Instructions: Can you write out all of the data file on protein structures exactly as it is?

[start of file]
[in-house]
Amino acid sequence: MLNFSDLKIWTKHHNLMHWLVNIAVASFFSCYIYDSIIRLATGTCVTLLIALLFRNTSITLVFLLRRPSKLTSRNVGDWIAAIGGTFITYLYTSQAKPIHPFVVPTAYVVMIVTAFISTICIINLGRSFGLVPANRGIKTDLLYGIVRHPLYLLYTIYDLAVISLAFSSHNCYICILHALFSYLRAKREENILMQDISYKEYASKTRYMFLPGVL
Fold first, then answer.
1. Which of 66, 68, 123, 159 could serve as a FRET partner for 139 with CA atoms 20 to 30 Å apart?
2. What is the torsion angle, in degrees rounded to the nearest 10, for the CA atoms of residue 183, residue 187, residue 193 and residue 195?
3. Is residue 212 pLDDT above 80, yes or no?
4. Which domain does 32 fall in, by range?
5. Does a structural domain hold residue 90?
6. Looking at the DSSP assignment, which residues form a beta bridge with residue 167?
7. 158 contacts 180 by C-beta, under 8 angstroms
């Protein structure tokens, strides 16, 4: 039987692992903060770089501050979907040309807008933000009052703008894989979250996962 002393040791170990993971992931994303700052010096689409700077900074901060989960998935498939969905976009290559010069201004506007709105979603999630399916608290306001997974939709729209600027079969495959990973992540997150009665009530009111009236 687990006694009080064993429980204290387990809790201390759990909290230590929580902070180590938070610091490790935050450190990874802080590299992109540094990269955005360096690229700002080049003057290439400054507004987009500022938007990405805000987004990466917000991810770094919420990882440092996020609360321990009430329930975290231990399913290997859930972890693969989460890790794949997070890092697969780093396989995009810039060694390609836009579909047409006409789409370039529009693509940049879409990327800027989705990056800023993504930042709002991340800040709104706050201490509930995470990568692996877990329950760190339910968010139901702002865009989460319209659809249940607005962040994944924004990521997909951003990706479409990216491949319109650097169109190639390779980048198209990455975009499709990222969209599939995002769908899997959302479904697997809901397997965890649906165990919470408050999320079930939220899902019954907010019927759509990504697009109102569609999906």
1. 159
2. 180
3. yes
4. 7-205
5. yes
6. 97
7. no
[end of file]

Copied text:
[in-house]
Amino acid sequence: MLNFSDLKIWTKHHNLMHWLVNIAVASFFSCYIYDSIIRLATGTCVTLLIALLFRNTSITLVFLLRRPSKLTSRNVGDWIAAIGGTFITYLYTSQAKPIHPFVVPTAYVVMIVTAFISTICIINLGRSFGLVPANRGIKTDLLYGIVRHPLYLLYTIYDLAVISLAFSSHNCYICILHALFSYLRAKREENILMQDISYKEYASKTRYMFLPGVL
Fold first, then answer.
1. Which of 66, 68, 123, 159 could serve as a FRET partner for 139 with CA atoms 20 to 30 Å apart?
2. What is the torsion angle, in degrees rounded to the nearest 10, for the CA atoms of residue 183, residue 187, residue 193 and residue 195?
3. Is residue 212 pLDDT above 80, yes or no?
4. Which domain does 32 fall in, by range?
5. Does a structural domain hold residue 90?
6. Looking at the DSSP assignment, which residues form a beta bridge with residue 167?
7. 158 contacts 180 by C-beta, under 8 angstroms
């Protein structure tokens, strides 16, 4: 039987692992903060770089501050979907040309807008933000009052703008894989979250996962 002393040791170990993971992931994303700052010096689409700077900074901060989960998935498939969905976009290559010069201004506007709105979603999630399916608290306001997974939709729209600027079969495959990973992540997150009665009530009111009236 687990006694009080064993429980204290387990809790201390759990909290230590929580902070180590938070610091490790935050450190990874802080590299992109540094990269955005360096690229700002080049003057290439400054507004987009500022938007990405805000987004990466917000991810770094919420990882440092996020609360321990009430329930975290231990399913290997859930972890693969989460890790794949997070890092697969780093396989995009810039060694390609836009579909047409006409789409370039529009693509940049879409990327800027989705990056800023993504930042709002991340800040709104706050201490509930995470990568692996877990329950760190339910968010139901702002865009989460319209659809249940607005962040994944924004990521997909951003990706479409990216491949319109650097169109190639390779980048198209990455975009499709990222969209599939995002769908899997959302479904697997809901397997965890649906165990919470408050999320079930939220899902019954907010019927759509990504697009109102569609999906």
1. 159
2. 180
3. yes
4. 7-205
5. yes
6. 97
7. no